OnPolitics Today: So, now what's going on with North Korea? - CBS News 8 - San Diego, CA News Station - KFMB Channel 8

OnPolitics Today: So, now what's going on with North Korea?

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North Korean leader Kim Jong Un and Secretary of State Mike Pompeo shake hands at the Workers' Party of Korea headquarters in Pyongyang on May 9, 2018. North Korean leader Kim Jong Un and Secretary of State Mike Pompeo shake hands at the Workers' Party of Korea headquarters in Pyongyang on May 9, 2018.

On the roller coaster that is both life and also the Trump administration, Tuesday threw us for a loop. We just need to know: Should we book those tickets to Singapore, or nah?

While we and people in the White House contemplate our June travel schedules, keep up with the latest, get your friends to subscribe, and let's do this thing.

Is that a no then?

Remember the last couple weeks, when President Trump was announcing the details of his summit with North Korean leader Kim Jong Un and some politicians were calling for Trump to be awarded the Nobel Peace Prize?

Well, we're not saying it was all for naught. However, we are saying it could have been.

North Korea has threatened to cancel the upcoming nuclear summit and, according to North Korea's Central News Agency, the country has already pulled the plug on its high-level talks with South Korea.

The reason: U.S.-South Korean military exercises that North Korea views as rehearsals for invasions.

U.S. officials were caught off guard and said they had received no formal notification from either the North or South Korean governments.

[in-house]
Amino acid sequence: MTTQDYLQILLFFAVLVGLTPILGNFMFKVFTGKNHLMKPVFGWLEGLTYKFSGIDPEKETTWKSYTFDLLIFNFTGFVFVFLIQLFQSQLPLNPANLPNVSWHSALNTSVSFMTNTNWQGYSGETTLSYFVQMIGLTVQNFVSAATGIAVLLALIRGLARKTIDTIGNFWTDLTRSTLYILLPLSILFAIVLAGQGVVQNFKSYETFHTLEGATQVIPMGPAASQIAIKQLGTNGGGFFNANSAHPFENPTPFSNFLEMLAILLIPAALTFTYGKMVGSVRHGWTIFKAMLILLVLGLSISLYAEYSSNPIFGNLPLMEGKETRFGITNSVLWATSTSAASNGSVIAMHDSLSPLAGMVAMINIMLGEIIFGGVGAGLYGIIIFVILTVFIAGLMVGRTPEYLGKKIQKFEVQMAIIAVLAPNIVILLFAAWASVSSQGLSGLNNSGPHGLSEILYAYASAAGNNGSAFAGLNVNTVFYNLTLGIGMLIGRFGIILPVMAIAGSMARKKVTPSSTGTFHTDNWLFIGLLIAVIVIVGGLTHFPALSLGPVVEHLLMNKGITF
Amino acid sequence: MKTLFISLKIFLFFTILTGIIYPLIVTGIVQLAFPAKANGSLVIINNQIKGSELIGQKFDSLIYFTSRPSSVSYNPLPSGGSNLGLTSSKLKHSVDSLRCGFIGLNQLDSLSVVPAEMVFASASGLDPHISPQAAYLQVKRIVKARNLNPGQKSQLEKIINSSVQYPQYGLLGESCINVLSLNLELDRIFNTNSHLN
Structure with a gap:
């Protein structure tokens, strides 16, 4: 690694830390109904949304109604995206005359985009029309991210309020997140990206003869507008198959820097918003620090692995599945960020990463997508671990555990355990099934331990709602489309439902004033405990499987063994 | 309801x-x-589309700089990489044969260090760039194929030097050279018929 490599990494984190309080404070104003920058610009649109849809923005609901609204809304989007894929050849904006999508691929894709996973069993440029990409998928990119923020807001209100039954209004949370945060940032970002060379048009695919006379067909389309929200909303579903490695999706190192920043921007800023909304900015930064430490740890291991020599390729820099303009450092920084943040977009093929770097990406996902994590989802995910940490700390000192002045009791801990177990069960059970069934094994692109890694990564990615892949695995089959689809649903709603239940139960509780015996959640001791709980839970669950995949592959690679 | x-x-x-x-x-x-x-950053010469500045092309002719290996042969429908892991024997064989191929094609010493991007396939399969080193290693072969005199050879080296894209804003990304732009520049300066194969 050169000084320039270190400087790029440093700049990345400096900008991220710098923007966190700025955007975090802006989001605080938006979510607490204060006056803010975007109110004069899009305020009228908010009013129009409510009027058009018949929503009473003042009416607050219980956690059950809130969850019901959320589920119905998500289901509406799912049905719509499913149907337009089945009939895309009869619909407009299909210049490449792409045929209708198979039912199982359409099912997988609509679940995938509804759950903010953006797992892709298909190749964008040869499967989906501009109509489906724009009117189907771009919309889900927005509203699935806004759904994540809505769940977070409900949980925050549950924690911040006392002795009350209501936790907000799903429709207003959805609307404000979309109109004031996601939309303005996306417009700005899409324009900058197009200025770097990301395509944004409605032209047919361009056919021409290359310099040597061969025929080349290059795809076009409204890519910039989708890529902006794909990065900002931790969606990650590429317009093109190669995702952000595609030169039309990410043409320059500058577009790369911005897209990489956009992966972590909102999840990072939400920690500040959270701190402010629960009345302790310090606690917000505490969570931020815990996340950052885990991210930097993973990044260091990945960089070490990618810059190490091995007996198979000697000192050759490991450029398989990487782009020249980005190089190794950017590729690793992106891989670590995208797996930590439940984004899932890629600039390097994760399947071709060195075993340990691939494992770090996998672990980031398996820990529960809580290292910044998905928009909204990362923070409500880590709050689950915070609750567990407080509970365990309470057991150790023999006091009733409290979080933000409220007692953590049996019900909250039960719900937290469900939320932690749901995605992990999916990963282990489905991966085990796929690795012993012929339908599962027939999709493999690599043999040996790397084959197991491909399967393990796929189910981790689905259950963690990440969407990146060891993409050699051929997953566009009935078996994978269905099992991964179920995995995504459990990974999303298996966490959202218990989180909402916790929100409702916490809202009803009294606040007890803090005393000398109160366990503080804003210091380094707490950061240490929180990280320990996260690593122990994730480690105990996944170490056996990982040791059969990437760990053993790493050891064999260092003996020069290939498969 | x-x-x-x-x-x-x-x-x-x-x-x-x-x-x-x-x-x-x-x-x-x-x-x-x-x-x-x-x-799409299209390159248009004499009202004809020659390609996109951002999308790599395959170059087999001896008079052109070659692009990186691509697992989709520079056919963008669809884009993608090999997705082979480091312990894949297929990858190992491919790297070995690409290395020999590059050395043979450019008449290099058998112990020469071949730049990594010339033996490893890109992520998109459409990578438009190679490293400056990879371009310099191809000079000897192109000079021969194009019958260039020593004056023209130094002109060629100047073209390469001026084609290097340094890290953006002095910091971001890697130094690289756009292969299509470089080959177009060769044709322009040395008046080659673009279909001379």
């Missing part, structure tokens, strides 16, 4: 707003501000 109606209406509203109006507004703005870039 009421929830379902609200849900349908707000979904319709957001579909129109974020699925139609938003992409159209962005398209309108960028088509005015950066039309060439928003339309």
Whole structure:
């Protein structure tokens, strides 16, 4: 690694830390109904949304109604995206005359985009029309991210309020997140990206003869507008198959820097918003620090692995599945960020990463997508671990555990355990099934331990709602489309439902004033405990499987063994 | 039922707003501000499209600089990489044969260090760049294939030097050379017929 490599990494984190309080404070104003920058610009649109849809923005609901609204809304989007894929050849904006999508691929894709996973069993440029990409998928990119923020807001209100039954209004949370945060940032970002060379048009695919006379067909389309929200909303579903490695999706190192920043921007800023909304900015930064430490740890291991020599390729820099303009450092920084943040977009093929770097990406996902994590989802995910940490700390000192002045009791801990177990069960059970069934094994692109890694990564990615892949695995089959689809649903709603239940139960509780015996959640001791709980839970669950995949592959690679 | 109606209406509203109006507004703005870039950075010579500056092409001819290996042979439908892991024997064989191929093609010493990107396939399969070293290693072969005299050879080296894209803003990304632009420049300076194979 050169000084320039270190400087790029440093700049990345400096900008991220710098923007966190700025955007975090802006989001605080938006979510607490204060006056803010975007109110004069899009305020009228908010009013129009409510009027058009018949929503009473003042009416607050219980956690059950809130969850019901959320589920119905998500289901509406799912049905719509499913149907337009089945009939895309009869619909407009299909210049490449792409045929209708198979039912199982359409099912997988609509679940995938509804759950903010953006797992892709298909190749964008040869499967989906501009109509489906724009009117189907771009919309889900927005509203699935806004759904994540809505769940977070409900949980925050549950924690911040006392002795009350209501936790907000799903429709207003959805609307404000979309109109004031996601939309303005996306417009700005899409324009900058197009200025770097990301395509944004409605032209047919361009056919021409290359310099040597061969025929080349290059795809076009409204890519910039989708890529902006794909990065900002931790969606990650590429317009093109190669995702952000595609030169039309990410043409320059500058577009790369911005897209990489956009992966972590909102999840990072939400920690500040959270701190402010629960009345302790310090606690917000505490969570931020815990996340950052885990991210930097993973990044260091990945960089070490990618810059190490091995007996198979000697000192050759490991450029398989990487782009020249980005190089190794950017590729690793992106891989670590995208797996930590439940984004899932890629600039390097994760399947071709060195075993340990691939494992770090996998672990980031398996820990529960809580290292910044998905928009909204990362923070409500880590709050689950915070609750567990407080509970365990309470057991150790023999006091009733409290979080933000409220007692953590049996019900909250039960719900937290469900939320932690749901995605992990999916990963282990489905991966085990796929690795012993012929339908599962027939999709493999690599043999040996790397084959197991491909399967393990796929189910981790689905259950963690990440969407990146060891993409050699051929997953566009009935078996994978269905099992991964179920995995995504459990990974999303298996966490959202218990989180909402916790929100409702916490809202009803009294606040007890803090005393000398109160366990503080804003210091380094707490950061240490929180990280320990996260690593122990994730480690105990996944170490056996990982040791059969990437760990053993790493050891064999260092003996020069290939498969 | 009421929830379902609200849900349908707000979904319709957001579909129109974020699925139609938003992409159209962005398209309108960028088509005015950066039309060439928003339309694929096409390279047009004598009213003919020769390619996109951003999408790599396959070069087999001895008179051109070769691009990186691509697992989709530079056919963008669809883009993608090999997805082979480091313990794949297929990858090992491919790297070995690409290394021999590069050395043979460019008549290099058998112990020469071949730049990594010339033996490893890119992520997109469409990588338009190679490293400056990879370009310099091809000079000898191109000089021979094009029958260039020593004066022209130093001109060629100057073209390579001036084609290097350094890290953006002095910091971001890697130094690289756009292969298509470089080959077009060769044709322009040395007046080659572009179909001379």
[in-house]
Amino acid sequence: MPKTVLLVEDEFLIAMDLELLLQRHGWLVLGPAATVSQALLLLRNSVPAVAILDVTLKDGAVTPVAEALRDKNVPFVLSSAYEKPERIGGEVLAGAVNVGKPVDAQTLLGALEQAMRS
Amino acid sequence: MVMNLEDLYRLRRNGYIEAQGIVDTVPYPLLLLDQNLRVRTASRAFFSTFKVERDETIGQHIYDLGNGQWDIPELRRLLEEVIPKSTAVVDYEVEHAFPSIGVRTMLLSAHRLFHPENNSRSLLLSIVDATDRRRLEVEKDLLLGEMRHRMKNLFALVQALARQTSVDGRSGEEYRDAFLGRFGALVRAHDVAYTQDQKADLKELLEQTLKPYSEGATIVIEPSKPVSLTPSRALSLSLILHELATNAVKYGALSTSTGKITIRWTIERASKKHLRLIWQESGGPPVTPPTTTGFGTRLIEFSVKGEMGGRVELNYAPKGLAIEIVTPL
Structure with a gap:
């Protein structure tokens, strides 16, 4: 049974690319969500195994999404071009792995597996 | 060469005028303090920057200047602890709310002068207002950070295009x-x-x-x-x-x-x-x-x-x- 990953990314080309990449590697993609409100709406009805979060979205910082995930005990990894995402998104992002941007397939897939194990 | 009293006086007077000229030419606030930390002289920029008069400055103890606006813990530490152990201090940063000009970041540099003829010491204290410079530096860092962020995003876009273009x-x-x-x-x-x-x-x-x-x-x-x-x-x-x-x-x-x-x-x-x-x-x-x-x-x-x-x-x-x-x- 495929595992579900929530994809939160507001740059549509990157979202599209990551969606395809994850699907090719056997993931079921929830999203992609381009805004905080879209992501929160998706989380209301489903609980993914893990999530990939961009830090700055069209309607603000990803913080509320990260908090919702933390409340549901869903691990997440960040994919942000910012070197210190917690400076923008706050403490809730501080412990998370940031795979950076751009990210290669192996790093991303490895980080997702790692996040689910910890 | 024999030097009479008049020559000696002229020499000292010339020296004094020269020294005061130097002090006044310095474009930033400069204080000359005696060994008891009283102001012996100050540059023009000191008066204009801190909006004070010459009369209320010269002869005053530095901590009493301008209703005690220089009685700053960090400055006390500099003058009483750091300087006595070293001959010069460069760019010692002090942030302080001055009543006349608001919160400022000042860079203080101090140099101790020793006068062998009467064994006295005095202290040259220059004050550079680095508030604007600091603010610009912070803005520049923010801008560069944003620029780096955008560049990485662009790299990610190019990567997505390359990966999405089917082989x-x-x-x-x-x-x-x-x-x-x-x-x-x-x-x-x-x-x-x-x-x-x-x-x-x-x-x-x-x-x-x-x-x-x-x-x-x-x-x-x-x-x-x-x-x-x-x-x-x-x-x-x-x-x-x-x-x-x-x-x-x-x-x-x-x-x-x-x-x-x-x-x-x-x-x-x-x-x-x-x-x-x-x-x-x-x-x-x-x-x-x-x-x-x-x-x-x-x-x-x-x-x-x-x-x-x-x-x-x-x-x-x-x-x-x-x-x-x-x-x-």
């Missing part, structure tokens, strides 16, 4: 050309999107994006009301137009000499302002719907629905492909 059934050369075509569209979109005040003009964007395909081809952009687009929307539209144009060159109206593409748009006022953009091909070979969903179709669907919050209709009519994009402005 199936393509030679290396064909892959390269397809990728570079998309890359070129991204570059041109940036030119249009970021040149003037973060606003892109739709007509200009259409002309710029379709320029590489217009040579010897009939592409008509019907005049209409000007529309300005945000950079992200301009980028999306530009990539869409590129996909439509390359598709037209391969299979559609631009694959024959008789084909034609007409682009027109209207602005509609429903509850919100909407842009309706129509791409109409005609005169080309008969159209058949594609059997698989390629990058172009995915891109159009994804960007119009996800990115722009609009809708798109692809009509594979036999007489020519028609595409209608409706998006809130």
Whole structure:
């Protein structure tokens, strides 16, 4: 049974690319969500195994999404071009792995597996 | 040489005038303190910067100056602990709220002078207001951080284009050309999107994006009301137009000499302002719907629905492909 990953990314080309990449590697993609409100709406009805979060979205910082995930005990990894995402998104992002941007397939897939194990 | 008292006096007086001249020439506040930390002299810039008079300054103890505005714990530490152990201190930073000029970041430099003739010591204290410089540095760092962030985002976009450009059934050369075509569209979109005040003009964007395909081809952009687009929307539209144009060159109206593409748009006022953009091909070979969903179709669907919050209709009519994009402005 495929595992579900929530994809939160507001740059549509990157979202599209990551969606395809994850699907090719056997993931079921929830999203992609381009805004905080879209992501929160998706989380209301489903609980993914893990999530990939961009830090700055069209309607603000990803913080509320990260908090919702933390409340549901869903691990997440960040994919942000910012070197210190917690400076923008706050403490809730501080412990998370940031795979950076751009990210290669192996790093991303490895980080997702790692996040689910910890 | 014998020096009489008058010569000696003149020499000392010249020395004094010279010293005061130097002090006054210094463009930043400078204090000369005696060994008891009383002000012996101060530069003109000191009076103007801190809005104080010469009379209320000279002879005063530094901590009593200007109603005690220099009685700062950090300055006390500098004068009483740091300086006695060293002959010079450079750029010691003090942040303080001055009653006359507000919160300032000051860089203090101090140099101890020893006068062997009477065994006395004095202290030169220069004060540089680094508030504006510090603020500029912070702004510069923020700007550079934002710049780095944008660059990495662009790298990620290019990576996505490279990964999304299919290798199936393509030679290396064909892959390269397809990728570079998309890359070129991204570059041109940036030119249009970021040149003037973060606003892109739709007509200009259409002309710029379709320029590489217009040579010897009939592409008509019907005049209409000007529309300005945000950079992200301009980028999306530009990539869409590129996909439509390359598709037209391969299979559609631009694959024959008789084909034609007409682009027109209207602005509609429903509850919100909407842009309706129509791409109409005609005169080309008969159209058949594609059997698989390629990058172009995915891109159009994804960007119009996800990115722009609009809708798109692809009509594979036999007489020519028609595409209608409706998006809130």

"We will continue to go ahead and plan the meeting between President Trump and Kim Jong Un," State Department spokesperson Heather Nauert said.

A Trump nominee is poised to move forward

Amid the questions surrounding her past, the Senate Intelligence Committee is likely to advance Gina Haspel's nomination to be the next CIA director on Wednesday.

Haspel is expected to get 10 "yes" votes, winning over all eight Republicans and two Democrats from the committee. The vote will take place in closed session and then be announced publicly.

It comes just a week after Haspel, a longtime CIA employee, promised she wouldn't try to revive banned torture techniques if she was confirmed. Post 9/11, Haspel oversaw a secret "black site" in Thailand where prisoners were tortured. While two Republicans have declared they wouldn't vote for her, four Democrats have announced their support.

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